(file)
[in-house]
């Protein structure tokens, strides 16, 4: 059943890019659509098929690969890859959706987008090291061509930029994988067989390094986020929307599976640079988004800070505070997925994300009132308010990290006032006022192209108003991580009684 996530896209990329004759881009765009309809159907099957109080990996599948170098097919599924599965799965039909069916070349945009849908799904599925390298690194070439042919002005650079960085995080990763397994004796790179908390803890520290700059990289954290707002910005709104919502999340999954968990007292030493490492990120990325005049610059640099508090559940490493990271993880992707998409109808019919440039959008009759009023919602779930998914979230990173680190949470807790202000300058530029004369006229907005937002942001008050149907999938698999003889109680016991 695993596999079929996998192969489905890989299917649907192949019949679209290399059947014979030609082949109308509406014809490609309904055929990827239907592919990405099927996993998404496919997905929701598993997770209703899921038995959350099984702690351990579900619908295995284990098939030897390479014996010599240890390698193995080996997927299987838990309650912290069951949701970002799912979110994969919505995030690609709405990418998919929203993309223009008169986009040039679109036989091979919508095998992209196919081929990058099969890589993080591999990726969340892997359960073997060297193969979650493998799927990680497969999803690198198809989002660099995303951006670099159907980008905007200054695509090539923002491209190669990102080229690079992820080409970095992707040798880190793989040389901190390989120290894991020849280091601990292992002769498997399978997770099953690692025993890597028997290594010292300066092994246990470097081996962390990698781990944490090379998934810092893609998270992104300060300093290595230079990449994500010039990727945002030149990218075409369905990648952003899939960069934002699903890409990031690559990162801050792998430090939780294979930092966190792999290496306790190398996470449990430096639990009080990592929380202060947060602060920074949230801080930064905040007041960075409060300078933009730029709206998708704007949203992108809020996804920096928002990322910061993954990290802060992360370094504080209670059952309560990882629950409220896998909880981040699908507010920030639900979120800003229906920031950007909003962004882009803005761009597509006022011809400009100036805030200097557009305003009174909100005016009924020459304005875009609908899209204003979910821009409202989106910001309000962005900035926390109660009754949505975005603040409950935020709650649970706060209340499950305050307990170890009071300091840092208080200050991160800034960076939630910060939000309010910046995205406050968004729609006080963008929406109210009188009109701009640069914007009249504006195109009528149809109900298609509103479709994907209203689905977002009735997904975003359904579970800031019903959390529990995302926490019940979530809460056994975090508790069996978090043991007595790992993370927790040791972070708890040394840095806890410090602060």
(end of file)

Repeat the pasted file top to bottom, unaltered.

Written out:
[in-house]
């Protein structure tokens, strides 16, 4: 059943890019659509098929690969890859959706987008090291061509930029994988067989390094986020929307599976640079988004800070505070997925994300009132308010990290006032006022192209108003991580009684 996530896209990329004759881009765009309809159907099957109080990996599948170098097919599924599965799965039909069916070349945009849908799904599925390298690194070439042919002005650079960085995080990763397994004796790179908390803890520290700059990289954290707002910005709104919502999340999954968990007292030493490492990120990325005049610059640099508090559940490493990271993880992707998409109808019919440039959008009759009023919602779930998914979230990173680190949470807790202000300058530029004369006229907005937002942001008050149907999938698999003889109680016991 695993596999079929996998192969489905890989299917649907192949019949679209290399059947014979030609082949109308509406014809490609309904055929990827239907592919990405099927996993998404496919997905929701598993997770209703899921038995959350099984702690351990579900619908295995284990098939030897390479014996010599240890390698193995080996997927299987838990309650912290069951949701970002799912979110994969919505995030690609709405990418998919929203993309223009008169986009040039679109036989091979919508095998992209196919081929990058099969890589993080591999990726969340892997359960073997060297193969979650493998799927990680497969999803690198198809989002660099995303951006670099159907980008905007200054695509090539923002491209190669990102080229690079992820080409970095992707040798880190793989040389901190390989120290894991020849280091601990292992002769498997399978997770099953690692025993890597028997290594010292300066092994246990470097081996962390990698781990944490090379998934810092893609998270992104300060300093290595230079990449994500010039990727945002030149990218075409369905990648952003899939960069934002699903890409990031690559990162801050792998430090939780294979930092966190792999290496306790190398996470449990430096639990009080990592929380202060947060602060920074949230801080930064905040007041960075409060300078933009730029709206998708704007949203992108809020996804920096928002990322910061993954990290802060992360370094504080209670059952309560990882629950409220896998909880981040699908507010920030639900979120800003229906920031950007909003962004882009803005761009597509006022011809400009100036805030200097557009305003009174909100005016009924020459304005875009609908899209204003979910821009409202989106910001309000962005900035926390109660009754949505975005603040409950935020709650649970706060209340499950305050307990170890009071300091840092208080200050991160800034960076939630910060939000309010910046995205406050968004729609006080963008929406109210009188009109701009640069914007009249504006195109009528149809109900298609509103479709994907209203689905977002009735997904975003359904579970800031019903959390529990995302926490019940979530809460056994975090508790069996978090043991007595790992993370927790040791972070708890040394840095806890410090602060």